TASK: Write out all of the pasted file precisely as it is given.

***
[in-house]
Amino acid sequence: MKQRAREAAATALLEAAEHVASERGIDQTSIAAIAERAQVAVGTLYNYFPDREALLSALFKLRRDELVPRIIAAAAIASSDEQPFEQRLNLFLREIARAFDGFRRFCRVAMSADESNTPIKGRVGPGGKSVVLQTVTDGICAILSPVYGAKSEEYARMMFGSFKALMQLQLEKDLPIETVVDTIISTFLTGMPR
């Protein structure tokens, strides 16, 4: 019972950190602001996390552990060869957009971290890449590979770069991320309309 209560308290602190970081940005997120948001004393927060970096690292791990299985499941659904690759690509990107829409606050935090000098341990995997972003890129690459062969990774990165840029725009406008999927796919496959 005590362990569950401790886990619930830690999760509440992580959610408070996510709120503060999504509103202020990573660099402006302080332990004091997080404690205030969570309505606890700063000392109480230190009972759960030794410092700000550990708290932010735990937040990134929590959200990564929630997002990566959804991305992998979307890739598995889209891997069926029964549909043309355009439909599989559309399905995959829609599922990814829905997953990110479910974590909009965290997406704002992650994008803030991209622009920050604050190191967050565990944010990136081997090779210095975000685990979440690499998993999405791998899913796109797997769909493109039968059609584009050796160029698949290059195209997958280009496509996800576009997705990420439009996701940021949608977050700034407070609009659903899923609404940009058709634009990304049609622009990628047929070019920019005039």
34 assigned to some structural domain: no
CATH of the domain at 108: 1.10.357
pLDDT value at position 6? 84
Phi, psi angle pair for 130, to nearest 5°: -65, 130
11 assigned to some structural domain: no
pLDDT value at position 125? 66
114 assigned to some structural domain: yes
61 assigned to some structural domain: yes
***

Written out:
[in-house]
Amino acid sequence: MKQRAREAAATALLEAAEHVASERGIDQTSIAAIAERAQVAVGTLYNYFPDREALLSALFKLRRDELVPRIIAAAAIASSDEQPFEQRLNLFLREIARAFDGFRRFCRVAMSADESNTPIKGRVGPGGKSVVLQTVTDGICAILSPVYGAKSEEYARMMFGSFKALMQLQLEKDLPIETVVDTIISTFLTGMPR
């Protein structure tokens, strides 16, 4: 019972950190602001996390552990060869957009971290890449590979770069991320309309 209560308290602190970081940005997120948001004393927060970096690292791990299985499941659904690759690509990107829409606050935090000098341990995997972003890129690459062969990774990165840029725009406008999927796919496959 005590362990569950401790886990619930830690999760509440992580959610408070996510709120503060999504509103202020990573660099402006302080332990004091997080404690205030969570309505606890700063000392109480230190009972759960030794410092700000550990708290932010735990937040990134929590959200990564929630997002990566959804991305992998979307890739598995889209891997069926029964549909043309355009439909599989559309399905995959829609599922990814829905997953990110479910974590909009965290997406704002992650994008803030991209622009920050604050190191967050565990944010990136081997090779210095975000685990979440690499998993999405791998899913796109797997769909493109039968059609584009050796160029698949290059195209997958280009496509996800576009997705990420439009996701940021949608977050700034407070609009659903899923609404940009058709634009990304049609622009990628047929070019920019005039």
34 assigned to some structural domain: no
CATH of the domain at 108: 1.10.357
pLDDT value at position 6? 84
Phi, psi angle pair for 130, to nearest 5°: -65, 130
11 assigned to some structural domain: no
pLDDT value at position 125? 66
114 assigned to some structural domain: yes
61 assigned to some structural domain: yes